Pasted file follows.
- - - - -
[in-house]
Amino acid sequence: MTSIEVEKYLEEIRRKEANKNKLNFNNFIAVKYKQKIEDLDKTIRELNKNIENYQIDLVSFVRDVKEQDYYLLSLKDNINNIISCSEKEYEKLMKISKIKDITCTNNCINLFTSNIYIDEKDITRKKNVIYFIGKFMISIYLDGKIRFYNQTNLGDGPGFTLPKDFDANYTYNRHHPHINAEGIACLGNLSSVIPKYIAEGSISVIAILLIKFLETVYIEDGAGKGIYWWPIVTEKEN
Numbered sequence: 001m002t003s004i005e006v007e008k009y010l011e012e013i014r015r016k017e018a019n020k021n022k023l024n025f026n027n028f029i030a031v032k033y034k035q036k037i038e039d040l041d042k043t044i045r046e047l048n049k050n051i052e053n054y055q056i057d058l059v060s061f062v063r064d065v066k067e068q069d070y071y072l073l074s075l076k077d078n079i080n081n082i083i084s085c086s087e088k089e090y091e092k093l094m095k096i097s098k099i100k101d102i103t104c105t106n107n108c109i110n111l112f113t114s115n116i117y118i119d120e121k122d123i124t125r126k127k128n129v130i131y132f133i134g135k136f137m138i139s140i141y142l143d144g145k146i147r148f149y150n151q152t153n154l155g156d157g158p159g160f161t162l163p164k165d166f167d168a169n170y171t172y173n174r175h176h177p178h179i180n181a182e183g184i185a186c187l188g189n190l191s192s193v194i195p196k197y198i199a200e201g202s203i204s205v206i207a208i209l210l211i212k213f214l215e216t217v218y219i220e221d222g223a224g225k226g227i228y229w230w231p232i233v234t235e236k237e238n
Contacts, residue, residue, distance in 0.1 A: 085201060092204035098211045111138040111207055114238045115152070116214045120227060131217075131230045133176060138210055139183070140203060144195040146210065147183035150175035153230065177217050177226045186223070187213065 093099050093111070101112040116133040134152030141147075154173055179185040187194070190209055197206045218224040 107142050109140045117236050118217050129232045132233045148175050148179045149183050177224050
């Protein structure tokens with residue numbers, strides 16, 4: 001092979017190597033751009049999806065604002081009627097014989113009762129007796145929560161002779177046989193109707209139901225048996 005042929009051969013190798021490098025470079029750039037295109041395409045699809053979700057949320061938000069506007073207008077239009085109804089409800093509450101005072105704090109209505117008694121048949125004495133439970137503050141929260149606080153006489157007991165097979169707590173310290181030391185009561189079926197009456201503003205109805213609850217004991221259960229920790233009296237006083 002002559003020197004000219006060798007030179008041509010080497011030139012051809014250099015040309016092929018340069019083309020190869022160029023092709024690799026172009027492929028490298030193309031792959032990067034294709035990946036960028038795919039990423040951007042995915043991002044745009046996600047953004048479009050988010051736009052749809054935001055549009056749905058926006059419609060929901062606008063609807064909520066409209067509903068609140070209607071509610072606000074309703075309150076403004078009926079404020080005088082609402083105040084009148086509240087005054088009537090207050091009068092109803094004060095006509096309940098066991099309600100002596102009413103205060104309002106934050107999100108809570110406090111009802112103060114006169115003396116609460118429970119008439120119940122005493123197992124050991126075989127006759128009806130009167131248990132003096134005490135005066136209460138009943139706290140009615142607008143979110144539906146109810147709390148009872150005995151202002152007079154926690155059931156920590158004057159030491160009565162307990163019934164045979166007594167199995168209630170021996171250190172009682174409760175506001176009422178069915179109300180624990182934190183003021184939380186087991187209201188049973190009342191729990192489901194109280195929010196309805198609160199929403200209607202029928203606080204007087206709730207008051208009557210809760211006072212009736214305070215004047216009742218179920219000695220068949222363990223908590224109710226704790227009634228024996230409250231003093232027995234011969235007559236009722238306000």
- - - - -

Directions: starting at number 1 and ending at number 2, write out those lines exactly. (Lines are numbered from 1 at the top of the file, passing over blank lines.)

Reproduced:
[in-house]
Amino acid sequence: MTSIEVEKYLEEIRRKEANKNKLNFNNFIAVKYKQKIEDLDKTIRELNKNIENYQIDLVSFVRDVKEQDYYLLSLKDNINNIISCSEKEYEKLMKISKIKDITCTNNCINLFTSNIYIDEKDITRKKNVIYFIGKFMISIYLDGKIRFYNQTNLGDGPGFTLPKDFDANYTYNRHHPHINAEGIACLGNLSSVIPKYIAEGSISVIAILLIKFLETVYIEDGAGKGIYWWPIVTEKEN